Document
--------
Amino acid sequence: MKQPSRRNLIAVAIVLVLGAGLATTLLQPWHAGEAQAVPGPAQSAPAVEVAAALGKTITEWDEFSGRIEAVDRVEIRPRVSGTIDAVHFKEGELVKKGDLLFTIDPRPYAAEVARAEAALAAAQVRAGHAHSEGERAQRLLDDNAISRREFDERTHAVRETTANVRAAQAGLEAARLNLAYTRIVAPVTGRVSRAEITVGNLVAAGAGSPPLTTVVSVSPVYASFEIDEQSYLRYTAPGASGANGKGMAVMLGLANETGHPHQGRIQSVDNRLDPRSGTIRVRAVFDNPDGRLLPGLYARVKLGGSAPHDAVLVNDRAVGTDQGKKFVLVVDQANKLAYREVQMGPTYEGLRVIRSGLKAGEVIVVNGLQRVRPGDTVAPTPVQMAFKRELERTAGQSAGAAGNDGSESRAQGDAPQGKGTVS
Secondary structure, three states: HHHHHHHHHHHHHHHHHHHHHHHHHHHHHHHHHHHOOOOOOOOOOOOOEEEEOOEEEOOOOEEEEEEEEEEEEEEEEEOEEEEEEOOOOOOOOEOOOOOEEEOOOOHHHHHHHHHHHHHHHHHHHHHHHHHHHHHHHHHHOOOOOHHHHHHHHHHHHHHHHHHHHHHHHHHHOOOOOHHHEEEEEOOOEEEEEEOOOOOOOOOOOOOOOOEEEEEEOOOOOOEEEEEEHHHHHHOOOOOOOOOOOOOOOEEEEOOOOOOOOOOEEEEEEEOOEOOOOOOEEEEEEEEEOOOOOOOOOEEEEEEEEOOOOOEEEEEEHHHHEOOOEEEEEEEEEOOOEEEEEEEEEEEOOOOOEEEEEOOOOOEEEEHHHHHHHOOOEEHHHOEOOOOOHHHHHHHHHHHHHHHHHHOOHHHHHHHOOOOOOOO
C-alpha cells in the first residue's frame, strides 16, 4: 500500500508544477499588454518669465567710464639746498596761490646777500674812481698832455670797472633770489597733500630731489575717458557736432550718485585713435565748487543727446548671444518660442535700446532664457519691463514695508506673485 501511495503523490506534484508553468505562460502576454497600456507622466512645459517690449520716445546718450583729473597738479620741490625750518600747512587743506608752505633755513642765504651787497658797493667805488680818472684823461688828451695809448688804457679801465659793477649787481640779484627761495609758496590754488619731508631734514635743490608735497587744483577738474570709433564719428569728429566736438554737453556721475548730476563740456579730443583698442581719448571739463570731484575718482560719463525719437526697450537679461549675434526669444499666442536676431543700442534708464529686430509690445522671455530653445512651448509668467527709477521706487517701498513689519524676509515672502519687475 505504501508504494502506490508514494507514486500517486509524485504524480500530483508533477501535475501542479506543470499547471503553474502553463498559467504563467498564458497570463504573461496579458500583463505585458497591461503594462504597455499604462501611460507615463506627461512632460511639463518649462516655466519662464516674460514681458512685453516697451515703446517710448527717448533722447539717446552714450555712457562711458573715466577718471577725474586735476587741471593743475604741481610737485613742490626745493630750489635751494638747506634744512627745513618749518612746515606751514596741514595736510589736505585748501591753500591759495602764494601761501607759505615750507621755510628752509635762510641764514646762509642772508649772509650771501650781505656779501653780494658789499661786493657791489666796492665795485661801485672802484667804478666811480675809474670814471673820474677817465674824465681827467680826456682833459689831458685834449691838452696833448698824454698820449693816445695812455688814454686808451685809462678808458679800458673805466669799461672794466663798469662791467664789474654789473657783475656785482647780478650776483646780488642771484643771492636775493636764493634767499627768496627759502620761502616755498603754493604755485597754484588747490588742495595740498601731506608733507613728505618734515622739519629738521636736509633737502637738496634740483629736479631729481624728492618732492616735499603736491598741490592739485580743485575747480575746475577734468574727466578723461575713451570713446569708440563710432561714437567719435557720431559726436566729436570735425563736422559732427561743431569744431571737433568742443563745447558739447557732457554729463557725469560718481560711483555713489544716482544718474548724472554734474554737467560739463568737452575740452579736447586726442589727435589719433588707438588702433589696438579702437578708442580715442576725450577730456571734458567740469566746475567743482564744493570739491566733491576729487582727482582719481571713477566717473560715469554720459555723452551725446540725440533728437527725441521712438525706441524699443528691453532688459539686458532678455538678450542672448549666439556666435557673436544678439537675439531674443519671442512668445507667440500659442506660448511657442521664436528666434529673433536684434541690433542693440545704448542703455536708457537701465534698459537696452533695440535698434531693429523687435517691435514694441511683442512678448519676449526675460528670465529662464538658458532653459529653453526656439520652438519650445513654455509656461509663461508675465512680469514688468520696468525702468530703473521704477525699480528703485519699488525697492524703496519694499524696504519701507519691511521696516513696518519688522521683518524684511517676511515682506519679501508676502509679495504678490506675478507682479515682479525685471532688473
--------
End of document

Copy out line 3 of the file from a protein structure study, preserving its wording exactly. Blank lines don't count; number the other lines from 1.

C-alpha cells in the first residue's frame, strides 16, 4: 500500500508544477499588454518669465567710464639746498596761490646777500674812481698832455670797472633770489597733500630731489575717458557736432550718485585713435565748487543727446548671444518660442535700446532664457519691463514695508506673485 501511495503523490506534484508553468505562460502576454497600456507622466512645459517690449520716445546718450583729473597738479620741490625750518600747512587743506608752505633755513642765504651787497658797493667805488680818472684823461688828451695809448688804457679801465659793477649787481640779484627761495609758496590754488619731508631734514635743490608735497587744483577738474570709433564719428569728429566736438554737453556721475548730476563740456579730443583698442581719448571739463570731484575718482560719463525719437526697450537679461549675434526669444499666442536676431543700442534708464529686430509690445522671455530653445512651448509668467527709477521706487517701498513689519524676509515672502519687475 505504501508504494502506490508514494507514486500517486509524485504524480500530483508533477501535475501542479506543470499547471503553474502553463498559467504563467498564458497570463504573461496579458500583463505585458497591461503594462504597455499604462501611460507615463506627461512632460511639463518649462516655466519662464516674460514681458512685453516697451515703446517710448527717448533722447539717446552714450555712457562711458573715466577718471577725474586735476587741471593743475604741481610737485613742490626745493630750489635751494638747506634744512627745513618749518612746515606751514596741514595736510589736505585748501591753500591759495602764494601761501607759505615750507621755510628752509635762510641764514646762509642772508649772509650771501650781505656779501653780494658789499661786493657791489666796492665795485661801485672802484667804478666811480675809474670814471673820474677817465674824465681827467680826456682833459689831458685834449691838452696833448698824454698820449693816445695812455688814454686808451685809462678808458679800458673805466669799461672794466663798469662791467664789474654789473657783475656785482647780478650776483646780488642771484643771492636775493636764493634767499627768496627759502620761502616755498603754493604755485597754484588747490588742495595740498601731506608733507613728505618734515622739519629738521636736509633737502637738496634740483629736479631729481624728492618732492616735499603736491598741490592739485580743485575747480575746475577734468574727466578723461575713451570713446569708440563710432561714437567719435557720431559726436566729436570735425563736422559732427561743431569744431571737433568742443563745447558739447557732457554729463557725469560718481560711483555713489544716482544718474548724472554734474554737467560739463568737452575740452579736447586726442589727435589719433588707438588702433589696438579702437578708442580715442576725450577730456571734458567740469566746475567743482564744493570739491566733491576729487582727482582719481571713477566717473560715469554720459555723452551725446540725440533728437527725441521712438525706441524699443528691453532688459539686458532678455538678450542672448549666439556666435557673436544678439537675439531674443519671442512668445507667440500659442506660448511657442521664436528666434529673433536684434541690433542693440545704448542703455536708457537701465534698459537696452533695440535698434531693429523687435517691435514694441511683442512678448519676449526675460528670465529662464538658458532653459529653453526656439520652438519650445513654455509656461509663461508675465512680469514688468520696468525702468530703473521704477525699480528703485519699488525697492524703496519694499524696504519701507519691511521696516513696518519688522521683518524684511517676511515682506519679501508676502509679495504678490506675478507682479515682479525685471532688473